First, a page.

Facial coder Dan Hill has been called a secret weapon by the team psychologist of the Milwaukee Bucks. He’s also been accused by other scientists of using “invalid” techniques that are “prone to overreach.”
Inverse reached out to Hill to get a better understanding of his methods and ask for his latest insights on the NBA (there’s no off-season for analysis!).
Hill’s approach is based on an intuitive idea with at least some grounding in science: that people reveal their feelings through facial expressions. “There are patterns of expression that people can and indeed do tend to have,” he tells Inverse. “If one pulls in what these core emotions mean or what the range of plausible meanings are … that does give you some ability to begin to look at likely attitude.”
Hill, who has a Ph.D. in literature, started his consulting business in the late nineties after meeting psychologist Paul Ekman and learning about his research into expression analysis. Ekman, too, claims you can spot a wide range of emotional states with proper training: looking not just at smiles and frowns but also at dozens of facial muscle activations that are correlated with joy, disgust, fear, and more.
Yet Hill’s analysis goes beyond published research, naming emotional states that Ekman never mentions and creating personality profiles that depend significantly on intuition. It would seem fair to say, then, that Hill’s approach is more of an art than a science.
Despite his unverifiable methods, Hill has found many people willing to pay for his insights. His past clients include more than 50 large companies and sports teams in the NBA, MLB, and NFL, with assignments ranging from market research to scouting.
For each of the following analyses, Hill looked at 30+ recent images of an NBA star in different contexts. He then counted whenever he saw different expressions and used this data to generate profiles. His charts and our summary of his analysis are presented below: You can decide for yourself if he’s onto something.
Stephen Curry is full of joy, says Hill, showing nearly twice as much as the eight other people in this series. Interestingly, his frustration score is also very high, second only to Gregg Popovich. For the current NBA champion and two-time MVP, that seems to be a powerful combination.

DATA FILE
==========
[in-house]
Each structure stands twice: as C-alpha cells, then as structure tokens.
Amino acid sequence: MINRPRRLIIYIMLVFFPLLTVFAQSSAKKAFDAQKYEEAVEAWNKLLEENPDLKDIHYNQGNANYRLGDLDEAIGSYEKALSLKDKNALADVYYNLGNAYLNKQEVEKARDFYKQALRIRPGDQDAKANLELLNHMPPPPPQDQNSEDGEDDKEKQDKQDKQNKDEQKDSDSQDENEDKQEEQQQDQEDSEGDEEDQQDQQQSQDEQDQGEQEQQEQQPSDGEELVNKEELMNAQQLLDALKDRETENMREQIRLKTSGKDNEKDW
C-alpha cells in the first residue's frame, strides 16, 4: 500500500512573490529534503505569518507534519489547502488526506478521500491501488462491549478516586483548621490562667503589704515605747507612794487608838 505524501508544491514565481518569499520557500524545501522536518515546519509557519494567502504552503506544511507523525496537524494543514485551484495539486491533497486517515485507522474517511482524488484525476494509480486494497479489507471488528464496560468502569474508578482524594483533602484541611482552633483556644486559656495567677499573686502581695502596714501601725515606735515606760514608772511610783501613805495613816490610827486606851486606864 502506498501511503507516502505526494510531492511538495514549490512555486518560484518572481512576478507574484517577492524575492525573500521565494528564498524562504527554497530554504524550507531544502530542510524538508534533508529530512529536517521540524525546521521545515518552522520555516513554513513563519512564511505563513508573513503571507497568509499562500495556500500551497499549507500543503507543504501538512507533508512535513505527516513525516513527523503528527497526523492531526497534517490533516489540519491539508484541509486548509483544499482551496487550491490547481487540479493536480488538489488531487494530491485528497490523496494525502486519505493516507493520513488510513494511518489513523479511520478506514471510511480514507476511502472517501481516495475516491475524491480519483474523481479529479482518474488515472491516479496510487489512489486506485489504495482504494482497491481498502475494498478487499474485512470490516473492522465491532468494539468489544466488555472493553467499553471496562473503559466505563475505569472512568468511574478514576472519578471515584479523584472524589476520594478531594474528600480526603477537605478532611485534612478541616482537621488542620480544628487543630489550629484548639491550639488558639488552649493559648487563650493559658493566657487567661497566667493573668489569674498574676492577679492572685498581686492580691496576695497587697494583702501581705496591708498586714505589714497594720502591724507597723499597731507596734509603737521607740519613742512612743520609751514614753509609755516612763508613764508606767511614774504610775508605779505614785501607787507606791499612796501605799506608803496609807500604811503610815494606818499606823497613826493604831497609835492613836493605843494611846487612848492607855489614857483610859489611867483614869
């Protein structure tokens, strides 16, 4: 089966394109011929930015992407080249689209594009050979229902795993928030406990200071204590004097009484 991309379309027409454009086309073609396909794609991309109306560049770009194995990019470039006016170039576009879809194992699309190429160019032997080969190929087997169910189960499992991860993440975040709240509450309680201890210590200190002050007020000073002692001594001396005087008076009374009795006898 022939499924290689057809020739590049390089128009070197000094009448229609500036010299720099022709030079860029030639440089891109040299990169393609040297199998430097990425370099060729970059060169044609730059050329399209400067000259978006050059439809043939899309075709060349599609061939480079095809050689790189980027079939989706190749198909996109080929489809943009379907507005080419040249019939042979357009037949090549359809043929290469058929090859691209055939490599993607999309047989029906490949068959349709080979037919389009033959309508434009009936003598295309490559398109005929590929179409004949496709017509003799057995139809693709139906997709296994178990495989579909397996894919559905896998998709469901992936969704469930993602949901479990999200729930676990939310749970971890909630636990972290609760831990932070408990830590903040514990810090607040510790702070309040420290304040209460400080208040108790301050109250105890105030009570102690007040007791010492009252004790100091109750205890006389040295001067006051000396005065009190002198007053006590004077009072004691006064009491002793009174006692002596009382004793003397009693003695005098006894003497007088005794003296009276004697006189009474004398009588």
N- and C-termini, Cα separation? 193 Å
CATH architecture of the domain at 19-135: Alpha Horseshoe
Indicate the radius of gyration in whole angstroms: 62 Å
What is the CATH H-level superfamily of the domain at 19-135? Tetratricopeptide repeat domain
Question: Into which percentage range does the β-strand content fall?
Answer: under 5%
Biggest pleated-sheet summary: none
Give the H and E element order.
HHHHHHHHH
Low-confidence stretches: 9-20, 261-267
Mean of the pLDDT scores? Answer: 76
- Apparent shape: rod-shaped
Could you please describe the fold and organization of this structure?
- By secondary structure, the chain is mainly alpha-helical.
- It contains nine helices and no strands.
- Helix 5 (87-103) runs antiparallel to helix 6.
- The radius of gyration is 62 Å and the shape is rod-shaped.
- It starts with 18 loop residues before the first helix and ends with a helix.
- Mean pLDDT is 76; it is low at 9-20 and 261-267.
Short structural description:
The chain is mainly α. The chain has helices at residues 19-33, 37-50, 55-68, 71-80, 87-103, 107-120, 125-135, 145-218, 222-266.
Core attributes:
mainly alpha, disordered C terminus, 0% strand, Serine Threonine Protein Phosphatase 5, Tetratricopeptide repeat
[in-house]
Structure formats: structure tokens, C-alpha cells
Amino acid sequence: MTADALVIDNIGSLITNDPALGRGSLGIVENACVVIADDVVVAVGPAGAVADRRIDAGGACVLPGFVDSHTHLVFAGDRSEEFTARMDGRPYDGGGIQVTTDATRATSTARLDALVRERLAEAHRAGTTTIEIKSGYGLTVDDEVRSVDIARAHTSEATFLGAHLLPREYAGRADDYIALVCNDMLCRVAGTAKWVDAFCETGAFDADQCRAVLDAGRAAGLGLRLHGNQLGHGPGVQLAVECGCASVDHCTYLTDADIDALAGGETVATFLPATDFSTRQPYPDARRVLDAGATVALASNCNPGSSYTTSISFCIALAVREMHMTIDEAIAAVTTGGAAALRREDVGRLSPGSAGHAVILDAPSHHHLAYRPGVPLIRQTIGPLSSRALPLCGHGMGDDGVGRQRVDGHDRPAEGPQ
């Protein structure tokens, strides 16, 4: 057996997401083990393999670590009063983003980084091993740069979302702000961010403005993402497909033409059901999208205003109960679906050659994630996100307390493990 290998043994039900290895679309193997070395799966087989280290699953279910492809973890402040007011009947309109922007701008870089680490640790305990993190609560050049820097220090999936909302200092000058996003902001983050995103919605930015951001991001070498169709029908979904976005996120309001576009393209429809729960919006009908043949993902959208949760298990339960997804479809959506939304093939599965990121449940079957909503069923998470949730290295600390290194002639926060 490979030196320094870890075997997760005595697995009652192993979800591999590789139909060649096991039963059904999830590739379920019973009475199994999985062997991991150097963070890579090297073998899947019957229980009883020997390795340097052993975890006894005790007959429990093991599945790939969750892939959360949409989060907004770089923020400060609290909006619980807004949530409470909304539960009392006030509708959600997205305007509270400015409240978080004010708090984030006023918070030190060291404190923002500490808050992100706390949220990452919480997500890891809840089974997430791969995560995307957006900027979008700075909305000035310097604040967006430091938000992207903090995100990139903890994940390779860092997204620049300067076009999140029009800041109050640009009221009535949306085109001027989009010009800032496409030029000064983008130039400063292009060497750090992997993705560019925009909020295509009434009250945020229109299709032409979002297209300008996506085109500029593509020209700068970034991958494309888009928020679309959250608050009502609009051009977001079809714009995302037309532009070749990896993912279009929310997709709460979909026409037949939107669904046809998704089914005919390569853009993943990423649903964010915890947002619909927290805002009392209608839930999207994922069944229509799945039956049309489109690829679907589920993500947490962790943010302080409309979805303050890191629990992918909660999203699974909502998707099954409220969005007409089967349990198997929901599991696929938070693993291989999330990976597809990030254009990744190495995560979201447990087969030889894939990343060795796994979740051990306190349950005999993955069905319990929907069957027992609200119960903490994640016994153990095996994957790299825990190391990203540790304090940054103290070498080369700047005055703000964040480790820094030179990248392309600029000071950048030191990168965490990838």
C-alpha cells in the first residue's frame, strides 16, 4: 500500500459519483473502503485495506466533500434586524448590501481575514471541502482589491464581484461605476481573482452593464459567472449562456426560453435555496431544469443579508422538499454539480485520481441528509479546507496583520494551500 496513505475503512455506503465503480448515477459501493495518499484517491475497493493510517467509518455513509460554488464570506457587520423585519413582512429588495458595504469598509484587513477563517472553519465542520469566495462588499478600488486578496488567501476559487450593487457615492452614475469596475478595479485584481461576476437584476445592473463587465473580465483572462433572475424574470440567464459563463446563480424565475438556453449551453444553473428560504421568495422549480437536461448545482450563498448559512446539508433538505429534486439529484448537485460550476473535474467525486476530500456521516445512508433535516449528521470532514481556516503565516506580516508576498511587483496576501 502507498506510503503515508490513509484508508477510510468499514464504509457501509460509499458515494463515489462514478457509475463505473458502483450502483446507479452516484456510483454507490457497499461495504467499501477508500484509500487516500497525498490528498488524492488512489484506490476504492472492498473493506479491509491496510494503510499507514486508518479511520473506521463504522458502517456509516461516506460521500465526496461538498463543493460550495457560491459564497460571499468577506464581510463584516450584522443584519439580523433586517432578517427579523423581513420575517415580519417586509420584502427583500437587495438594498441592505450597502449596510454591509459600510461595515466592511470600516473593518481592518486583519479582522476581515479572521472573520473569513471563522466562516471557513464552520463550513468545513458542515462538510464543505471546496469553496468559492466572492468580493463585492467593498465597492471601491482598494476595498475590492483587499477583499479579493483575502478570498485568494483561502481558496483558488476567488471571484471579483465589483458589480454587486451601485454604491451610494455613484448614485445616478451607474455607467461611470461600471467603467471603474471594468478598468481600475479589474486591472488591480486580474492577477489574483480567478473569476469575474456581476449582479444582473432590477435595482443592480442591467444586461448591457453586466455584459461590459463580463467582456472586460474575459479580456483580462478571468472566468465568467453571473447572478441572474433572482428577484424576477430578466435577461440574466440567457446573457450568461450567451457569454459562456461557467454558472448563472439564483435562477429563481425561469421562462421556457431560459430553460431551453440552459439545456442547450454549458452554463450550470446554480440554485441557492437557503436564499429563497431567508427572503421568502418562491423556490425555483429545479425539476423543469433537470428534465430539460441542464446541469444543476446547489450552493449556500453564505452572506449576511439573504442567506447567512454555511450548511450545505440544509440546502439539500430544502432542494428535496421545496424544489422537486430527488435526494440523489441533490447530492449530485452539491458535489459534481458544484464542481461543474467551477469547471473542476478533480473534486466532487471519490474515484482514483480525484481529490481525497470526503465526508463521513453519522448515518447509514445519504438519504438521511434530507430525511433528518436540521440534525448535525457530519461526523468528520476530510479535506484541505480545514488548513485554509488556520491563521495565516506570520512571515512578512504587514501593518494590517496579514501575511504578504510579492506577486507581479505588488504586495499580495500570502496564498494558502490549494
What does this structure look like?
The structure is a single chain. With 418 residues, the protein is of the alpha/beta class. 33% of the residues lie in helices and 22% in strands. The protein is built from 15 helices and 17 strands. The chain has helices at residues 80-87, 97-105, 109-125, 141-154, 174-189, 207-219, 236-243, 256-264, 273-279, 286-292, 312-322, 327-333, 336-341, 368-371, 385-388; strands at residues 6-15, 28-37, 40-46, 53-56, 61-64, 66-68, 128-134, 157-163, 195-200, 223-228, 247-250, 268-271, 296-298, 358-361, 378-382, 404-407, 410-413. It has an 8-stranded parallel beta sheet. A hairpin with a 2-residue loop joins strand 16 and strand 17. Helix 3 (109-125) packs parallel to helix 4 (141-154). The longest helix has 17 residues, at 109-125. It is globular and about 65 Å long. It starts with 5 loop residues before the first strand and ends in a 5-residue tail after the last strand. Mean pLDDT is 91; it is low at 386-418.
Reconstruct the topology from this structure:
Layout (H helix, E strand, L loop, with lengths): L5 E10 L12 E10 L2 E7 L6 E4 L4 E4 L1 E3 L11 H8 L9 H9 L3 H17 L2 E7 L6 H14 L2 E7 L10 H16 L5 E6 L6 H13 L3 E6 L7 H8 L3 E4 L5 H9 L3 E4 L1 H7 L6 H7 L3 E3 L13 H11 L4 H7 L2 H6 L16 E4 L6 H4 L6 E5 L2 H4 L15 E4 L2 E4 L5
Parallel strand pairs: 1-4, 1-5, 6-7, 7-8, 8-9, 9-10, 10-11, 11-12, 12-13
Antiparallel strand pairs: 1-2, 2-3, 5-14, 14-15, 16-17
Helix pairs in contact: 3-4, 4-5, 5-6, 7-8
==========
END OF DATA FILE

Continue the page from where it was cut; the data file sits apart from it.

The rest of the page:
Kevin Durant is apparently gloomier than his current partner (Curry) and closer in disposition to his old partner (Russell Westbrook), notes Hill. Perhaps a few years of winning will brighten him up.
LeBron James is apparently rather gloomy too, though he puts this to good use. James “feeds off a sense of being disappointed and disgusted by any signs of mediocre play,” says Hill.
Isaiah Thomas, who recently joined James on the Cleveland Cavaliers, brings a starkly different mindset. His score for satisfaction is the highest of everyone in this analysis — perhaps something to do with the 5’9” star feeling like he’s the best player in the world.
Kyrie Irving, who recently traded places with Thomas and joined the Boston Celtics, supposedly demonstrated very high levels last season of both anxiety and curiosity. Both elements, perhaps, of a creative point guard: or someone who was ready to change teams.
James Harden, the MVP-runner-up on the Houston Rockets, shows high levels of curiosity, frustration, and anxiety.
Chris Paul, newly traded to the Rockets, supposedly matches Harden exactly on the overall positivity and negativity. The demanding point guard also registers particularly high on feelings of dislike.
MVP-runner-up Kawhi Leonard of the San Antonio Spurs is known for having a quiet personality and not engaging much with the media. Hill suggests a deeper reason, finding that Leonard has a very negative disposition, with high scores for frustration, sadness, and anxiety. Still, even this demeanor can be a positive: “[Sadness] can make one empathetic and contemplative and reflective, and that’s some of what I see in Leonard,” Hill says.
At least Leonard’s coach, Gregg Popovich nearly matches him in negativity. Popovich, who is tied for an NBA-best 20 winning seasons in a row, registers an extremely high frustration level. That must be what perfectionism looks like.
For more analysis from Hill, check out his blog, Faces of the Week, and look out for a book from him next year analyzing celebrities.
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